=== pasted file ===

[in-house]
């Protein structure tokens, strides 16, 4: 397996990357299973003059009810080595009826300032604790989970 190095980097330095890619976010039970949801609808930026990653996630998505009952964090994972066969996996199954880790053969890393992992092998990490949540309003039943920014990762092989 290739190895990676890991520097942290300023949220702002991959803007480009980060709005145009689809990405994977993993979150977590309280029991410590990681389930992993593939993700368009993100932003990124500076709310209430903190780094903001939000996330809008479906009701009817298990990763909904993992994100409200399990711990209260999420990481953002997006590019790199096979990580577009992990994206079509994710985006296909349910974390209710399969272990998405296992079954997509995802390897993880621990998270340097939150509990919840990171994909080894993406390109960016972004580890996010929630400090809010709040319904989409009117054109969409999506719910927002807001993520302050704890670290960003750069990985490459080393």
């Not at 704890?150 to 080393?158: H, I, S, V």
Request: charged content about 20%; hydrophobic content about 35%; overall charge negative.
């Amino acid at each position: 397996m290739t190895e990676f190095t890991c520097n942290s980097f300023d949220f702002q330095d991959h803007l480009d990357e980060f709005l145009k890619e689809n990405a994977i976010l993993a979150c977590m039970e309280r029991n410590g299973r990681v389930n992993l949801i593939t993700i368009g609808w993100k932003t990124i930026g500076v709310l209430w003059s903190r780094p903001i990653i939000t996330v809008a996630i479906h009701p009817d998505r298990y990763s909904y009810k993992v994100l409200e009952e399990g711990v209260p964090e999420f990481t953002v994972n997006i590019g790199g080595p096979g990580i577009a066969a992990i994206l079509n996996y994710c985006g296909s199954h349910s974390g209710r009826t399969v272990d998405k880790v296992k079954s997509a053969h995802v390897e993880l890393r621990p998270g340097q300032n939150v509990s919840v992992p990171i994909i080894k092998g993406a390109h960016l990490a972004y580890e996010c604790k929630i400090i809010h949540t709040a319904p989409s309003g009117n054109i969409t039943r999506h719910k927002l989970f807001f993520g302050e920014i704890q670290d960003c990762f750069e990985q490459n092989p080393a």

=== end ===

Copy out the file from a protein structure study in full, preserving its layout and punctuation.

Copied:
[in-house]
């Protein structure tokens, strides 16, 4: 397996990357299973003059009810080595009826300032604790989970 190095980097330095890619976010039970949801609808930026990653996630998505009952964090994972066969996996199954880790053969890393992992092998990490949540309003039943920014990762092989 290739190895990676890991520097942290300023949220702002991959803007480009980060709005145009689809990405994977993993979150977590309280029991410590990681389930992993593939993700368009993100932003990124500076709310209430903190780094903001939000996330809008479906009701009817298990990763909904993992994100409200399990711990209260999420990481953002997006590019790199096979990580577009992990994206079509994710985006296909349910974390209710399969272990998405296992079954997509995802390897993880621990998270340097939150509990919840990171994909080894993406390109960016972004580890996010929630400090809010709040319904989409009117054109969409999506719910927002807001993520302050704890670290960003750069990985490459080393």
């Not at 704890?150 to 080393?158: H, I, S, V």
Request: charged content about 20%; hydrophobic content about 35%; overall charge negative.
């Amino acid at each position: 397996m290739t190895e990676f190095t890991c520097n942290s980097f300023d949220f702002q330095d991959h803007l480009d990357e980060f709005l145009k890619e689809n990405a994977i976010l993993a979150c977590m039970e309280r029991n410590g299973r990681v389930n992993l949801i593939t993700i368009g609808w993100k932003t990124i930026g500076v709310l209430w003059s903190r780094p903001i990653i939000t996330v809008a996630i479906h009701p009817d998505r298990y990763s909904y009810k993992v994100l409200e009952e399990g711990v209260p964090e999420f990481t953002v994972n997006i590019g790199g080595p096979g990580i577009a066969a992990i994206l079509n996996y994710c985006g296909s199954h349910s974390g209710r009826t399969v272990d998405k880790v296992k079954s997509a053969h995802v390897e993880l890393r621990p998270g340097q300032n939150v509990s919840v992992p990171i994909i080894k092998g993406a390109h960016l990490a972004y580890e996010c604790k929630i400090i809010h949540t709040a319904p989409s309003g009117n054109i969409t039943r999506h719910k927002l989970f807001f993520g302050e920014i704890q670290d960003c990762f750069e990985q490459n092989p080393a």